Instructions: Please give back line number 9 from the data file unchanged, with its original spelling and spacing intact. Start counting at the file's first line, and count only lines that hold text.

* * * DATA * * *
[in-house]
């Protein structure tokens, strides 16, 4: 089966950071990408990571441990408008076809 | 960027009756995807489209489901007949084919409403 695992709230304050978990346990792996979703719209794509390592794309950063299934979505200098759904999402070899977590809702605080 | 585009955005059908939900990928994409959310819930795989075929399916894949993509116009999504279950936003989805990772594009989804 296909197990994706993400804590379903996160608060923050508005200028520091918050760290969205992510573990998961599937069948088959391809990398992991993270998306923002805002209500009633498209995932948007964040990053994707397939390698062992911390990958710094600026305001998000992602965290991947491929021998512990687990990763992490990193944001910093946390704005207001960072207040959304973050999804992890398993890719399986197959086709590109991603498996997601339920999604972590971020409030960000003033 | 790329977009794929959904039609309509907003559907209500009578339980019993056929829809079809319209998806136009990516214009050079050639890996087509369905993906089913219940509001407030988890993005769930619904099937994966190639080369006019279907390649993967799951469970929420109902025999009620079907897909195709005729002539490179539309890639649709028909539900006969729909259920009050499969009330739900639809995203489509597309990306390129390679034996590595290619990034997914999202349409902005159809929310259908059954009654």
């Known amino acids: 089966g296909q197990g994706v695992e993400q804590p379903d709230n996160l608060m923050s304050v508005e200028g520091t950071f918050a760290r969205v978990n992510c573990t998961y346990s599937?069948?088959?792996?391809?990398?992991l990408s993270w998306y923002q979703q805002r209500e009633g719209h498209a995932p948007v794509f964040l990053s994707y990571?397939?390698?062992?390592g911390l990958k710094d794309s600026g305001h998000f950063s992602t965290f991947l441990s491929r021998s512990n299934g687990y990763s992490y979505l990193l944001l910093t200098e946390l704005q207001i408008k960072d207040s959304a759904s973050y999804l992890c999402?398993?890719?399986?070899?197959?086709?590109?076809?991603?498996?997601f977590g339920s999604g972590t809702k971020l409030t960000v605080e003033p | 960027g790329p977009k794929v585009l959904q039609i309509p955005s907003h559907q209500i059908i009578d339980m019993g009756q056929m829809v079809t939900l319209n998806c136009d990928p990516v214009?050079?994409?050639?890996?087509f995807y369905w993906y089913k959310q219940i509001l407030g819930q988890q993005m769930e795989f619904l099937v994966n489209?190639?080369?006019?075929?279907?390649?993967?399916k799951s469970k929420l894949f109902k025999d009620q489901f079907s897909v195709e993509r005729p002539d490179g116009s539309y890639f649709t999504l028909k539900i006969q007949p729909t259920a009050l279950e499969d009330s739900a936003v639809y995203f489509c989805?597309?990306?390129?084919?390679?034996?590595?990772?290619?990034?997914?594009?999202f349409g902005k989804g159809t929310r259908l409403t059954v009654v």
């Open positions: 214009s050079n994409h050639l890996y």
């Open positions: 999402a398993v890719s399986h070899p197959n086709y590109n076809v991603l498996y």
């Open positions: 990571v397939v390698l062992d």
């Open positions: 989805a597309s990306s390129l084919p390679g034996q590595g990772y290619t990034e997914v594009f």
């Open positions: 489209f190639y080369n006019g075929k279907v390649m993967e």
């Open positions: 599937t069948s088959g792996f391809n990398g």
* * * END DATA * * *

């Open positions: 599937t069948s088959g792996f391809n990398g």